Monoelemental 2D materials called Xenes have a graphene-like structure, intra-layer covalent bond, and weak van der Waals forces between layers. Materials composed of different groups of elements have different structures and rich properties, making Xenes materials a potential candidate for the next generation of 2D materials. 2D Monoelemental Materials (Xenes) and Related Technologies: Beyond Graphene describes the structure, properties, and applications of Xenes by classification and section. The first section covers the structure and classification of single-element 2D materials, according to the different main groups of monoelemental materials of different components and includes the properties and applications with detailed description. The second section discusses the structure, properties, and applications of advanced 2D Xenes materials, which are composed of heterogeneous structures, produced by defects, and regulated by the field.
- Systematically detailed single element materials according to the main groups of the constituent elements
- Classification of the most effective and widely studied 2D Xenes materials
- Expounding upon changes in properties and improvements in applications by different regulation mechanisms
- Discussion of the significance of 2D single-element materials where structural characteristics are closely combined with different preparation methods and the relevant theoretical properties complement each other with practical applications
Aimed at researchers and advanced students in materials science and engineering, this book offers a broad view of current knowledge in the emerging and promising field of 2D monoelemental materials.
Table of Contents
1. Structure and Classification of 2D Monoelemental Materials (Xenes). 2. Group IIIA of 2D Xenes Materials (Borophene, Aluminene, Gallenene, Indiene). 3. Group IVA of 2D Xenes Materials (Silicene, Germanene, Stanene, Plumbene). 4. Group VA of 2D Xenes Materials (Phosphorene, Arsenene, Antimonene, Bismuthene). 5. Group VIA of 2D Xenes Materials (Selinene and Tellurene Nanosheets). 6. Heterostructures Based on 2D Xenes Materials. 7. Defective 2D Xenes Materials. 8. 2D Xenes Materials Under Different Field Action.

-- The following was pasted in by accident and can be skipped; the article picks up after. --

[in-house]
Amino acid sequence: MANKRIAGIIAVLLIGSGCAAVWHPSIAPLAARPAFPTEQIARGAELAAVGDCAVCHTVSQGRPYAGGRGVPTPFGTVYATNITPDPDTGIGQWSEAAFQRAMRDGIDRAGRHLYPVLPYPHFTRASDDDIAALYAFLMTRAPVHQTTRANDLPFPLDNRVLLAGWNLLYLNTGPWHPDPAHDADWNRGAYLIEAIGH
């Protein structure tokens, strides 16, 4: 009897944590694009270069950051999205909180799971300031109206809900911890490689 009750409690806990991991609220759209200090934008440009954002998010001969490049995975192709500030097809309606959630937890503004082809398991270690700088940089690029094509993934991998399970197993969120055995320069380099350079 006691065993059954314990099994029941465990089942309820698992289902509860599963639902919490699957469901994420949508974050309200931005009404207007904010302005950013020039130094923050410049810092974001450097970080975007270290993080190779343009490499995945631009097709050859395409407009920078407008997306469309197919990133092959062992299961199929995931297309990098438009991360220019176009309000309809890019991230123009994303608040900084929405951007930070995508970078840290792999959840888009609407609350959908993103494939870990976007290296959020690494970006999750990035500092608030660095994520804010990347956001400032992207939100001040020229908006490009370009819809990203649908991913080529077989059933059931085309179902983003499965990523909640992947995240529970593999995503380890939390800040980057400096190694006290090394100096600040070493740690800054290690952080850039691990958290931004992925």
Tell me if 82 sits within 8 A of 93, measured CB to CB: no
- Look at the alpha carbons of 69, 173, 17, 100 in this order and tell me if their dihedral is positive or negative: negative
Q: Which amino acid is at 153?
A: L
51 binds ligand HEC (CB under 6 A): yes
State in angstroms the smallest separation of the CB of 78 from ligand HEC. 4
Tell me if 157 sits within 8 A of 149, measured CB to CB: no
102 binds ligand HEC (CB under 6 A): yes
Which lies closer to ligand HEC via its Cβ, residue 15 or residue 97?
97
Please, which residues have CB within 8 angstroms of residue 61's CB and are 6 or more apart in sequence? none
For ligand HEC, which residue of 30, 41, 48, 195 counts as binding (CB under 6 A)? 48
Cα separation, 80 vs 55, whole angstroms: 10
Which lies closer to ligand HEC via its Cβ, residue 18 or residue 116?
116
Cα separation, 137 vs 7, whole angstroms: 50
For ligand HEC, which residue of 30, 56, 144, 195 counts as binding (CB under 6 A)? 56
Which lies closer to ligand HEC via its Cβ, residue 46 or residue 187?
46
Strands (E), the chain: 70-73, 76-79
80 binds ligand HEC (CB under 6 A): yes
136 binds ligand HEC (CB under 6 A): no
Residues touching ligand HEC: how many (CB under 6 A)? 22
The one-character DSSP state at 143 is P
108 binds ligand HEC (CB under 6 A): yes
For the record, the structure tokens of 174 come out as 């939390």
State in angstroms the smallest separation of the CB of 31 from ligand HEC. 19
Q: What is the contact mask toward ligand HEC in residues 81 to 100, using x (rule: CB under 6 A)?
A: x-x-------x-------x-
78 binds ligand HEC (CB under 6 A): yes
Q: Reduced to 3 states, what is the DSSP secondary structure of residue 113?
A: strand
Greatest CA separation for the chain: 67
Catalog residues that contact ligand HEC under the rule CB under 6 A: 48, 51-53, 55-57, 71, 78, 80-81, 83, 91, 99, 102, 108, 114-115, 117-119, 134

Zongyu Huang is Professor and Director for the Department of Physics, School of Physics and Optoelectronics, Xiangtan University, China. She earned her B.S. degree in Physics from Hubei University, China, in 2004, her M.S. degree in Condensed Matter Physics from Wuhan University, China, in 2006, and her Ph.D. in Physics from Xiangtan University, China, in 2014. Her research interest is in physical properties and applications of two-dimensional (2D) materials via first principles calculation methods, and advanced synthesis and characterization methods. Her work is documented in over 50 peer-reviewed publications in international journals, such as Advanced Energy Materials and Nano Today.
Xiang Qi is Professor and Vice-Director of the Hunan Key Laboratory of Micro-Nano Energy Materials and Devices at Xiangtan University, China. He earned his B.S. and Ph.D. degrees from Wuhan University, China, in 2004 and 2009, respectively. Previously he was Visiting Professor at Monash University Australia (2016–2017), and Visiting Student at Nanyang Technological University, Singapore (2007). His research interests are focused on the field of 2D material and its applications, with particular emphasis on monoelement 2D materials and their derived structures in optoelectronic, clean renewable energy, and environmental science. Currently he has published over 60 papers with total citations over 6370 and an H-index of 42 based on the data from ISI Web of Science. Twenty of his publications have been cited over 100 times.
Jianxin Zhong is Professor in Condensed Matter and Materials Physics, Dean of the School of Physics and Optoelectronics, and Director of the Hunan Key Laboratory of Micro-Nano Energy Materials and Devices at Xiangtan University, China. He earned his B.S. degree in Physics from Xiangtan University, China, in 1985, his M.S. degree in Theoretical Physics from Xiangtan University and Hunan University, China, in 1989, and his Ph.D. degree in Solid State Physics from the University of Cergy-Pontoise, France, in 1995. Previously, he was Visiting Professor at the Max Planck Institute for Dynamics and Self-organization and the Chemnitz University of Technology, Germany (1997–1998), Research Scientist (1998–2007) and Distinguished Visiting Scientist (2008–2014) at Oak Ridge National Laboratory and the University of Tennessee, Knoxville. His research interest is in synthesis and properties of functional nanomaterials, focusing on 2D materials, topological insulators, and semiconductor nanomaterials for energy applications. Research tools include first principles methods, molecular dynamic simulations, and advanced synthesis and characterization methods. His work is documented in over 300 peer-reviewed publications in international journals. He has received numerous national and international awards of excellence over the years, including a 2007 MICRO/NANO 25 Award from R&D 100 Magazine, Progress in Science and Technology Award by the Ministry of Education of China, Hunan Provincial Natural Science Award, National Model Teacher Award, and National Distinguished Teacher Award.